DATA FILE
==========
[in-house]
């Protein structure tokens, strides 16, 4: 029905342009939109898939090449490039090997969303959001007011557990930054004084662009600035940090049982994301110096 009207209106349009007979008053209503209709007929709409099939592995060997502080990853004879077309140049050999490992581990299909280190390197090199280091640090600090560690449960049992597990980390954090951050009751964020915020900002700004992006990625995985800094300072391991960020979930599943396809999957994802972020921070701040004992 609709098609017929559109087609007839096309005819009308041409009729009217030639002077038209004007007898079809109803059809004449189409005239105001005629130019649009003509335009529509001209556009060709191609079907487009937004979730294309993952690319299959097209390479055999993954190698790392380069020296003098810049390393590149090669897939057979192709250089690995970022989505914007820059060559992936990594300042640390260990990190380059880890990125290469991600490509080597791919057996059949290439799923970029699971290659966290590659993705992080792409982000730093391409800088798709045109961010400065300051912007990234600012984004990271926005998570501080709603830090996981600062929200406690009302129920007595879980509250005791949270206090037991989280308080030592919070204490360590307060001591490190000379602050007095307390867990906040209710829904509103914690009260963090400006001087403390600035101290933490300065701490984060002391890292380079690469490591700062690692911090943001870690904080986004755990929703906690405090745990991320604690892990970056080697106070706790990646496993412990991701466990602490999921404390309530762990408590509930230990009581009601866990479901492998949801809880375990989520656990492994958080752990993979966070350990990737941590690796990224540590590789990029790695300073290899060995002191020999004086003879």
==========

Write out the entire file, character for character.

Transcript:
[in-house]
């Protein structure tokens, strides 16, 4: 029905342009939109898939090449490039090997969303959001007011557990930054004084662009600035940090049982994301110096 009207209106349009007979008053209503209709007929709409099939592995060997502080990853004879077309140049050999490992581990299909280190390197090199280091640090600090560690449960049992597990980390954090951050009751964020915020900002700004992006990625995985800094300072391991960020979930599943396809999957994802972020921070701040004992 609709098609017929559109087609007839096309005819009308041409009729009217030639002077038209004007007898079809109803059809004449189409005239105001005629130019649009003509335009529509001209556009060709191609079907487009937004979730294309993952690319299959097209390479055999993954190698790392380069020296003098810049390393590149090669897939057979192709250089690995970022989505914007820059060559992936990594300042640390260990990190380059880890990125290469991600490509080597791919057996059949290439799923970029699971290659966290590659993705992080792409982000730093391409800088798709045109961010400065300051912007990234600012984004990271926005998570501080709603830090996981600062929200406690009302129920007595879980509250005791949270206090037991989280308080030592919070204490360590307060001591490190000379602050007095307390867990906040209710829904509103914690009260963090400006001087403390600035101290933490300065701490984060002391890292380079690469490591700062690692911090943001870690904080986004755990929703906690405090745990991320604690892990970056080697106070706790990646496993412990991701466990602490999921404390309530762990408590509930230990009581009601866990479901492998949801809880375990989520656990492994958080752990993979966070350990990737941590690796990224540590590789990029790695300073290899060995002191020999004086003879």